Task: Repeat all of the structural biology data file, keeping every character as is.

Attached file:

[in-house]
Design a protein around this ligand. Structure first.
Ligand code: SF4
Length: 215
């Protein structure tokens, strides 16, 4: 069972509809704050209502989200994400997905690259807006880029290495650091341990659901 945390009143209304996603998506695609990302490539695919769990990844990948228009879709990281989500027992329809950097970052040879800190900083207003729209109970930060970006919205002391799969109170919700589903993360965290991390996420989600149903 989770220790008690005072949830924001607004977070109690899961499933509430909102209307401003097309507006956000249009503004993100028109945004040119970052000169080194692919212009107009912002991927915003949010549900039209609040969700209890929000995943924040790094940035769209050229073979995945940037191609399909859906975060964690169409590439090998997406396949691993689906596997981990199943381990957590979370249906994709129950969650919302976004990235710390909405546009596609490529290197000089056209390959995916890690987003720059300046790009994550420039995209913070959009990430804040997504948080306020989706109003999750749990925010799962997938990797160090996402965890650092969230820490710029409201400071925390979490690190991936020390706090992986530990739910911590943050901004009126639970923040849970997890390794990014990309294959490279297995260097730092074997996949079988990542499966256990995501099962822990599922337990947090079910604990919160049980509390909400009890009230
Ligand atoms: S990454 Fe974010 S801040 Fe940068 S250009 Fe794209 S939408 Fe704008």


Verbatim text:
[in-house]
Design a protein around this ligand. Structure first.
Ligand code: SF4
Length: 215
């Protein structure tokens, strides 16, 4: 069972509809704050209502989200994400997905690259807006880029290495650091341990659901 945390009143209304996603998506695609990302490539695919769990990844990948228009879709990281989500027992329809950097970052040879800190900083207003729209109970930060970006919205002391799969109170919700589903993360965290991390996420989600149903 989770220790008690005072949830924001607004977070109690899961499933509430909102209307401003097309507006956000249009503004993100028109945004040119970052000169080194692919212009107009912002991927915003949010549900039209609040969700209890929000995943924040790094940035769209050229073979995945940037191609399909859906975060964690169409590439090998997406396949691993689906596997981990199943381990957590979370249906994709129950969650919302976004990235710390909405546009596609490529290197000089056209390959995916890690987003720059300046790009994550420039995209913070959009990430804040997504948080306020989706109003999750749990925010799962997938990797160090996402965890650092969230820490710029409201400071925390979490690190991936020390706090992986530990739910911590943050901004009126639970923040849970997890390794990014990309294959490279297995260097730092074997996949079988990542499966256990995501099962822990599922337990947090079910604990919160049980509390909400009890009230
Ligand atoms: S990454 Fe974010 S801040 Fe940068 S250009 Fe794209 S939408 Fe704008």